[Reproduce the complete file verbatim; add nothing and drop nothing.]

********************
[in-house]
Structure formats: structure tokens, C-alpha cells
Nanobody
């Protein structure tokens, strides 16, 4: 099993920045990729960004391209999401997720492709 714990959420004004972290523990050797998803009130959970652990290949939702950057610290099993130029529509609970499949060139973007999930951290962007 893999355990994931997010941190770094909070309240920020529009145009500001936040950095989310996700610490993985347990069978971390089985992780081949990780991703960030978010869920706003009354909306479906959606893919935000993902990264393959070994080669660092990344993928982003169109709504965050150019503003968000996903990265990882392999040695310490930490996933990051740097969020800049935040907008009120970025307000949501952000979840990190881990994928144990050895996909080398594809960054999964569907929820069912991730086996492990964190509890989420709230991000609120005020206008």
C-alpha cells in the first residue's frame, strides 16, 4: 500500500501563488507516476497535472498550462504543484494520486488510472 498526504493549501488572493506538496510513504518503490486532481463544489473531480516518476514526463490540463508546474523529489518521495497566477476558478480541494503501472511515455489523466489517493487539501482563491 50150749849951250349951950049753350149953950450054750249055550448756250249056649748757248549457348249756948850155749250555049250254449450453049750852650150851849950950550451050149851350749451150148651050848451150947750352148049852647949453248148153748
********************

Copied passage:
[in-house]
Structure formats: structure tokens, C-alpha cells
Nanobody
């Protein structure tokens, strides 16, 4: 099993920045990729960004391209999401997720492709 714990959420004004972290523990050797998803009130959970652990290949939702950057610290099993130029529509609970499949060139973007999930951290962007 893999355990994931997010941190770094909070309240920020529009145009500001936040950095989310996700610490993985347990069978971390089985992780081949990780991703960030978010869920706003009354909306479906959606893919935000993902990264393959070994080669660092990344993928982003169109709504965050150019503003968000996903990265990882392999040695310490930490996933990051740097969020800049935040907008009120970025307000949501952000979840990190881990994928144990050895996909080398594809960054999964569907929820069912991730086996492990964190509890989420709230991000609120005020206008």
C-alpha cells in the first residue's frame, strides 16, 4: 500500500501563488507516476497535472498550462504543484494520486488510472 498526504493549501488572493506538496510513504518503490486532481463544489473531480516518476514526463490540463508546474523529489518521495497566477476558478480541494503501472511515455489523466489517493487539501482563491 50150749849951250349951950049753350149953950450054750249055550448756250249056649748757248549457348249756948850155749250555049250254449450453049750852650150851849950950550451050149851350749451150148651050848451150947750352148049852647949453248148153748